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Cuckoo for Coco


Coco Chanel, circa 1936, in Paris.  

But it hasn’t affected her design legacy. This has much to do with the work of Karl Lagerfeld, whose collections endlessly refer to the history of the brand, providing a seasonal recognition of just how enduring Coco Chanel’s work has proved over time. (Lagerfeld has, at this point, been at the house practically as long as Chanel herself.) Tweed jackets with round collars and quilted handbags with golden chains are still worn by women of an astounding range of age and circumstance. And the story of Coco—the pearls, yes, but the warts too—is constantly being told. Tautou is not the first actress to portray Chanel—Katharine Hepburn played her in a Broadway musical, Shirley MacLaine had a go on Lifetime television, and Anna Mouglalis stars in a film about an affair between the designer and Igor Stravinsky, which debuted at Cannes a few months ago. Demi Moore has reportedly been attached to a Coco script, and there are more biographies and photo essays and books of whimsy about her than one could reasonably be asked to count. She fascinates because of her life, of course, but also because such clarity of vision is so rare.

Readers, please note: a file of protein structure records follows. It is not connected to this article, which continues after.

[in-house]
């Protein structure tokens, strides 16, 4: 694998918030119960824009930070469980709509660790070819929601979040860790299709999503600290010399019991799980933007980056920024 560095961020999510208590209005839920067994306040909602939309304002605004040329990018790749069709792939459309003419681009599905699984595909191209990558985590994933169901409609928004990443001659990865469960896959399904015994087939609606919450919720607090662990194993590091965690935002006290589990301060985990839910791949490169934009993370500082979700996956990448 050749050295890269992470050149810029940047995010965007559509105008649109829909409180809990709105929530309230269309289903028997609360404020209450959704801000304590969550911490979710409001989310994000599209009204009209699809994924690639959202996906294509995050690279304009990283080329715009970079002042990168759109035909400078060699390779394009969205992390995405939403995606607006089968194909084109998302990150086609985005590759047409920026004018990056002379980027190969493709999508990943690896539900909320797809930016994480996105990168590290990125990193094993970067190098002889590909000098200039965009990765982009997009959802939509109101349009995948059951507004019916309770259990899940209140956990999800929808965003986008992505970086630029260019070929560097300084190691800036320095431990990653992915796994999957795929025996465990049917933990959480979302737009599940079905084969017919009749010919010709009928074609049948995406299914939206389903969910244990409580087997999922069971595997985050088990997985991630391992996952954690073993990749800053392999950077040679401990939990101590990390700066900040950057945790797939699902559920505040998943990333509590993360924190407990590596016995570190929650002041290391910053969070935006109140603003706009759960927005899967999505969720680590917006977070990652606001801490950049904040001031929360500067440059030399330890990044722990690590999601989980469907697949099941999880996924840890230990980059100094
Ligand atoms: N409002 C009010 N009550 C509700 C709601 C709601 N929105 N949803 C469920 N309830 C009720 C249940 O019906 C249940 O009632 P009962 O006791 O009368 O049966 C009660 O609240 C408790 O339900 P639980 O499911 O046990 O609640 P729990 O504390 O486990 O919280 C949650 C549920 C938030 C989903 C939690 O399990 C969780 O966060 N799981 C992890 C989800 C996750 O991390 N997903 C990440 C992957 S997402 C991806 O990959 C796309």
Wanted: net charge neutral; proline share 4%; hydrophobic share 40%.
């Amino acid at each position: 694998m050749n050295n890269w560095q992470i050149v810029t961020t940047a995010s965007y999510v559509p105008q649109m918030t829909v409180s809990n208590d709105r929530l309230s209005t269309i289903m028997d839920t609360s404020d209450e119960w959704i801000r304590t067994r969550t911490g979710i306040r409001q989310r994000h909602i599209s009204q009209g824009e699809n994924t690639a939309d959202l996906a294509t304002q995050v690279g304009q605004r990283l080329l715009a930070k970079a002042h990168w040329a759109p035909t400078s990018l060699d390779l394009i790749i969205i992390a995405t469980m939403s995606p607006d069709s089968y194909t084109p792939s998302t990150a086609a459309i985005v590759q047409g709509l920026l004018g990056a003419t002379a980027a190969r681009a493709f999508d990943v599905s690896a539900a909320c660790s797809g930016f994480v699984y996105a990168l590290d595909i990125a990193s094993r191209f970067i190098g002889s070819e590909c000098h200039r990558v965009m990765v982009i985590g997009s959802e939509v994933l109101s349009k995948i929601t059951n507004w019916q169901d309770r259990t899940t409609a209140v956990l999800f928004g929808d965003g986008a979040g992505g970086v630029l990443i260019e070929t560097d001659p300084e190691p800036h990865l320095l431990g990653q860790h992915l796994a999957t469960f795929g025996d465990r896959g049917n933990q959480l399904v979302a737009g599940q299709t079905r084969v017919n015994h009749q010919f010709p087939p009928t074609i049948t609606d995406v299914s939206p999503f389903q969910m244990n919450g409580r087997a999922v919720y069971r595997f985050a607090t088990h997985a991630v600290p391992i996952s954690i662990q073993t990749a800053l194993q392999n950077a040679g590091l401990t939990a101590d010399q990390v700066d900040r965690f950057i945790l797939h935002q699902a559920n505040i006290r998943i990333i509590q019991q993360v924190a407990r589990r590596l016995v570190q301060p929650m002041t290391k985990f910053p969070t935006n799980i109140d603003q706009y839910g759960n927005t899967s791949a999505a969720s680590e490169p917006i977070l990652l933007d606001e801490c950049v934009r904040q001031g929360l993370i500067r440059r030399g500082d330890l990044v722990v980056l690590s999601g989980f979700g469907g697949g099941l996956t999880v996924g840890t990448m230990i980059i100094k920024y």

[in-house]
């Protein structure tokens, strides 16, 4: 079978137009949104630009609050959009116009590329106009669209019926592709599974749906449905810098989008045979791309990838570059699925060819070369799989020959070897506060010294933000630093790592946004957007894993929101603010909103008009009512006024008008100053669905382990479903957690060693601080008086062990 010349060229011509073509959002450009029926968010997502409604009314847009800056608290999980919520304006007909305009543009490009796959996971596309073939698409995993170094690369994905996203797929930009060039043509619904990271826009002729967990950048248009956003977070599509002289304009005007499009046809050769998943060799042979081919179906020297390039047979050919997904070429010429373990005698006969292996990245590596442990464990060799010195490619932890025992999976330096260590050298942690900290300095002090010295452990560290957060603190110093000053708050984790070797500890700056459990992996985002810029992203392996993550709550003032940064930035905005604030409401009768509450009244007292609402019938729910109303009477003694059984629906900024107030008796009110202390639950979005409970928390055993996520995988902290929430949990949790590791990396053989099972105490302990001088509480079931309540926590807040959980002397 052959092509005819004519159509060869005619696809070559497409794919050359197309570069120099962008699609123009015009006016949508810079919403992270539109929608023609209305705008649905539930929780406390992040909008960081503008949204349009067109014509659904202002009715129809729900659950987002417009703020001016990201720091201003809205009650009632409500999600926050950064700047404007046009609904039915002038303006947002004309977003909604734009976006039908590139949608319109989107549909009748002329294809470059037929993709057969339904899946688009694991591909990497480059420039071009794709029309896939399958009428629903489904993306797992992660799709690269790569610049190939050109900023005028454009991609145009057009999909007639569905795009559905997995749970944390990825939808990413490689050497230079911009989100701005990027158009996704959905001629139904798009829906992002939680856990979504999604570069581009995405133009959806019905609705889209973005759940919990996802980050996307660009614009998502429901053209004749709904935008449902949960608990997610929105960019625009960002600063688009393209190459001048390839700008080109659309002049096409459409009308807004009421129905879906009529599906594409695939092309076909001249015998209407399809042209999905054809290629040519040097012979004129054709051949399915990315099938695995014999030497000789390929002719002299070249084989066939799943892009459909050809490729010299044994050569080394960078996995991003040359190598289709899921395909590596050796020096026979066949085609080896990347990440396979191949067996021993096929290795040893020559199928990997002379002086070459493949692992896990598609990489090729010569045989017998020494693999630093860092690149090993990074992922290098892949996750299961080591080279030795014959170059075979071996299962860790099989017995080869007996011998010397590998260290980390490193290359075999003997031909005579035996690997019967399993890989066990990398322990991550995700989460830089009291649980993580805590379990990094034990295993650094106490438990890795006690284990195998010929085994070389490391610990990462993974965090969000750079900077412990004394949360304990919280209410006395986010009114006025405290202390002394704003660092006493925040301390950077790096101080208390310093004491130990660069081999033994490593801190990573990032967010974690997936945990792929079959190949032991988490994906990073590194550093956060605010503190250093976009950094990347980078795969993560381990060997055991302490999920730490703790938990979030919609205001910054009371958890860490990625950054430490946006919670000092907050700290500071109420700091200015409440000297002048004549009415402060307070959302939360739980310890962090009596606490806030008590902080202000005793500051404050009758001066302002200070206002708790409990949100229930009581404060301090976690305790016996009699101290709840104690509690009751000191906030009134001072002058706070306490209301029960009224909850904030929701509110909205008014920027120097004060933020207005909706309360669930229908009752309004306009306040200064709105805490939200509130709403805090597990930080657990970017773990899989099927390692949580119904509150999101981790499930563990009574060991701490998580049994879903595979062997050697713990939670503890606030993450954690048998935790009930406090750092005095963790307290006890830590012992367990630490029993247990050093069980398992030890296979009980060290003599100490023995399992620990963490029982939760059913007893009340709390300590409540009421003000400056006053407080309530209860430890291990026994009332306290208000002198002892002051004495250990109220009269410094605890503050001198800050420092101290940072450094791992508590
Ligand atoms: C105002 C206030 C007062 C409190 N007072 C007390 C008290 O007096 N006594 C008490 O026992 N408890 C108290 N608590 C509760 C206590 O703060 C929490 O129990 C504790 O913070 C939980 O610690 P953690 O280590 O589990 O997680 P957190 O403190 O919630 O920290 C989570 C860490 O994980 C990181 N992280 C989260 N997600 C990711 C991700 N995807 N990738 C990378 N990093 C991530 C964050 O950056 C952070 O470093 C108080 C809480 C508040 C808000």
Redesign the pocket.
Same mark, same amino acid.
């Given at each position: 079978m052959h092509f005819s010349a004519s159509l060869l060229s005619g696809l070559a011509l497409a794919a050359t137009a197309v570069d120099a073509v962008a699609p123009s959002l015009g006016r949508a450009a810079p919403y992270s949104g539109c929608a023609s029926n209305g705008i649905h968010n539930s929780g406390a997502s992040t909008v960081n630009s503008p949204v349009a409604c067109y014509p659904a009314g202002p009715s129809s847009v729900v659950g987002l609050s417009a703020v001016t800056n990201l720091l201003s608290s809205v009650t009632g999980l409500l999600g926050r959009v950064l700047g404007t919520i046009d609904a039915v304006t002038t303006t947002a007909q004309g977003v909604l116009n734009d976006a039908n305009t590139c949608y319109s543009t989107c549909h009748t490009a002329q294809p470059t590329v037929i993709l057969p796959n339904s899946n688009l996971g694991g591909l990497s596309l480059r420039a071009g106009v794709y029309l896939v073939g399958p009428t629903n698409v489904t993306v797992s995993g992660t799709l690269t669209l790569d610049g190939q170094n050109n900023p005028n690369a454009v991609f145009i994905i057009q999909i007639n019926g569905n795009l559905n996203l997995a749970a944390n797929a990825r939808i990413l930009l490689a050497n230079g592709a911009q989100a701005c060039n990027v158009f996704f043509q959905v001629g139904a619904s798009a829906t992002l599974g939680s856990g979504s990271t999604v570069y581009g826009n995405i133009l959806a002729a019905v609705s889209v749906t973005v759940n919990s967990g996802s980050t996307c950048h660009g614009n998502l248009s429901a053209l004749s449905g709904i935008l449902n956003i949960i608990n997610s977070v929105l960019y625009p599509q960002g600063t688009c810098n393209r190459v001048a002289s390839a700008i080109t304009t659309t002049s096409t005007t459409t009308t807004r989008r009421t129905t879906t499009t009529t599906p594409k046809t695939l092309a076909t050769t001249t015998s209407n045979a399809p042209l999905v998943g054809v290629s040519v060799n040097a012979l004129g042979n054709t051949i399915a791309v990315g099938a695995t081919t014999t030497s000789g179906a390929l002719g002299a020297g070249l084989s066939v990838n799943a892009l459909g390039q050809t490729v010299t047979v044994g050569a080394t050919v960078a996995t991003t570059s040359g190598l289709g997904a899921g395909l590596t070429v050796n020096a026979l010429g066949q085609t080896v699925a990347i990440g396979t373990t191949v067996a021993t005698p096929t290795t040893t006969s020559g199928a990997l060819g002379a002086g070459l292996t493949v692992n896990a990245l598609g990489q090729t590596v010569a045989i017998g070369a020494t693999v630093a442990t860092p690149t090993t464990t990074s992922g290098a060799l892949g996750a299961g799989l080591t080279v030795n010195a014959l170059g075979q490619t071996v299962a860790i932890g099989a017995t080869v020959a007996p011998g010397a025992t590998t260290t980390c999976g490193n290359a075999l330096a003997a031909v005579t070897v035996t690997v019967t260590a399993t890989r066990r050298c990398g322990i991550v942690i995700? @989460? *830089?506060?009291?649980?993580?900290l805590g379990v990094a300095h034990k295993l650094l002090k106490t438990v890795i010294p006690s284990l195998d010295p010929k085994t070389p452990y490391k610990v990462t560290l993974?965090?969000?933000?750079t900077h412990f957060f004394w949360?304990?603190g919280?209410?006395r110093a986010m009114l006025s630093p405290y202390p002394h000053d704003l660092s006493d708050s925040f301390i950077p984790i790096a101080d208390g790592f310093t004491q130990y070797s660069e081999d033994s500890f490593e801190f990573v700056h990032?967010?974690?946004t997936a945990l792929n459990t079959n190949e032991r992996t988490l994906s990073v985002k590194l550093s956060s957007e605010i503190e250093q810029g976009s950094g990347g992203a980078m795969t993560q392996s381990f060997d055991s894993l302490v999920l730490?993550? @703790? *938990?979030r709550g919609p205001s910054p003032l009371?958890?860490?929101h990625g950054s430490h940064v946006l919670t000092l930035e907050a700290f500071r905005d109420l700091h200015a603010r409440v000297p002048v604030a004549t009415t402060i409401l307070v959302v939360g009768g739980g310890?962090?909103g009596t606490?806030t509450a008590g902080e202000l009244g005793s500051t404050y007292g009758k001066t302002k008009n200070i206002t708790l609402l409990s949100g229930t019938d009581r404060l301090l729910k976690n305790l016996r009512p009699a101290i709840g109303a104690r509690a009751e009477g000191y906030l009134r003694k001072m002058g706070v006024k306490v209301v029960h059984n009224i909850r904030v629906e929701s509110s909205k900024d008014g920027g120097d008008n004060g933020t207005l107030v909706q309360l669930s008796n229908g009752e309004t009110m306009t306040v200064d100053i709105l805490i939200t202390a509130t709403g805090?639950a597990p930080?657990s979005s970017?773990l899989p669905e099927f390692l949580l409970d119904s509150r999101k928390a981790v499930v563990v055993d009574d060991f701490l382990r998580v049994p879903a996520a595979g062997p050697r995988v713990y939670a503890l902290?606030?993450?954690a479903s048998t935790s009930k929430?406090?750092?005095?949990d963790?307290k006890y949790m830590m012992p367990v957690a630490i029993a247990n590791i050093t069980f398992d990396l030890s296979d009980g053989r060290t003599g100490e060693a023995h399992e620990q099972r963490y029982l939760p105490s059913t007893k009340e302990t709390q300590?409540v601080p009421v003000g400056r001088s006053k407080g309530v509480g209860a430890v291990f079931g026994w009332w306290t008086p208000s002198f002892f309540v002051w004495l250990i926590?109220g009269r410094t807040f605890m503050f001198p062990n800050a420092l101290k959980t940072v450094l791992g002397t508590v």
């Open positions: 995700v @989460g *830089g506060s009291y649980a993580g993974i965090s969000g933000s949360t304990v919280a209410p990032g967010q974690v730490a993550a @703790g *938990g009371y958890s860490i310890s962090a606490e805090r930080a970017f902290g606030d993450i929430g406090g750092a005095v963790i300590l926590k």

The cleanest thing to be said about Chanel, who died in 1971 at age 87, is that she was modern, arguably more so than any designer before or since. Perhaps the most striking fashion moment in the film is its final scene: a runway show featuring many of Coco’s greatest hits culled from the archives. Each piece is so precise, so unfussy, so elegant, it could easily have been shown last week. It would have gotten a fantastic review.


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